23 June 2013

Triviality IX: Romance vs. Germanic Words

This was going to be its own thing because I was planning on writing some articles on writing, but in the end I decided this seemed rather interesting because I haven't done etymology before and besides it could be pretty useful to some people on its own. This was slated for Tuesday but I'm in the mood for teaching so here you go.

I'll use the index cards today, though not as liberally as I did with Dr Johnson, and just to highlight some examples, figuratively and literally.
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I was reading this article on Listverse on great writing, and one of the tips said that to make sentences better, words with Germanic origins should be used instead of Romance words. That is, instead of using a word with a Latin root (you know, the ones they teach you in school that sound a lot like Spanish, like aqua is water) use words that came from German.

English came from German. It really did. Then why do we have all these words from Latin and why does our language have a lot of words from Spanish (and somewhat French)? Because...conquest.

In the olden days a French king, William the Conqueror, came and, well, conquered England. And so he introduced French into the language of the people. Old English. And so that is why many words (especially in Middle English, JUST READ CHAUCER) sound so French. But as time wore on and Shakespeare came and Shakespeare went and pronounciations changed some of the French words were phased out.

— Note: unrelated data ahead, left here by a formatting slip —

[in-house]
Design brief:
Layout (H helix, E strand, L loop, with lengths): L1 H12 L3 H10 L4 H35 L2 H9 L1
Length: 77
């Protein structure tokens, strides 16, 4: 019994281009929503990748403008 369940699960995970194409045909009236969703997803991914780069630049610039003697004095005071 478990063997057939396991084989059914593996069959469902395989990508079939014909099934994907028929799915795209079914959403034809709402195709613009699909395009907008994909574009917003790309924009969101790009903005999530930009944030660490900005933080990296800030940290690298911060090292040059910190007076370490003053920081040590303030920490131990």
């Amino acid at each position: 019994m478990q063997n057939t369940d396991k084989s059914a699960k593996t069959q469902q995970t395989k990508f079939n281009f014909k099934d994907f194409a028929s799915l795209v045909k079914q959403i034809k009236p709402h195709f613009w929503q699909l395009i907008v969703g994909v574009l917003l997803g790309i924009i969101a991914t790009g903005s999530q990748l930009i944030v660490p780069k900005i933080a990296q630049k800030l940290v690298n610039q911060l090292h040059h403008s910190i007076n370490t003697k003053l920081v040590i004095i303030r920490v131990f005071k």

But then came the 1600s (well, it started quite a bit before that, but I need to move up with history) and Latin was all the rage. People would translate books written in Latin to English. Which doesn't make ANY SENSE.

It'd be like translating your book that you're writing to Ancient GREEK, making all these changes to make it sound cool in Ancient Greek, then changing it BACK into English, despite the fact that all your nouns and verbs are in the wrong place (among other things) and KEEPING IT THAT WAY.

Which is why we have so many crazy grammar rules about infinitives and stuff that gives you and me headaches. So blame English writers around 1450-1700.

There you go: English is a language from old German that is mostly from Latin and its derivatives (Spanish, French, Italian). So that is the argument. Now, let me present to you index cards with different examples of synonyms with words from Germanic origins (on the left), and from Romance (on the right)

And here, an example of how two sentences can sound very different using different words:

Hope you found this interesting. What do you think - Germanic words or Latin-based words? Sound off in the comments. :)


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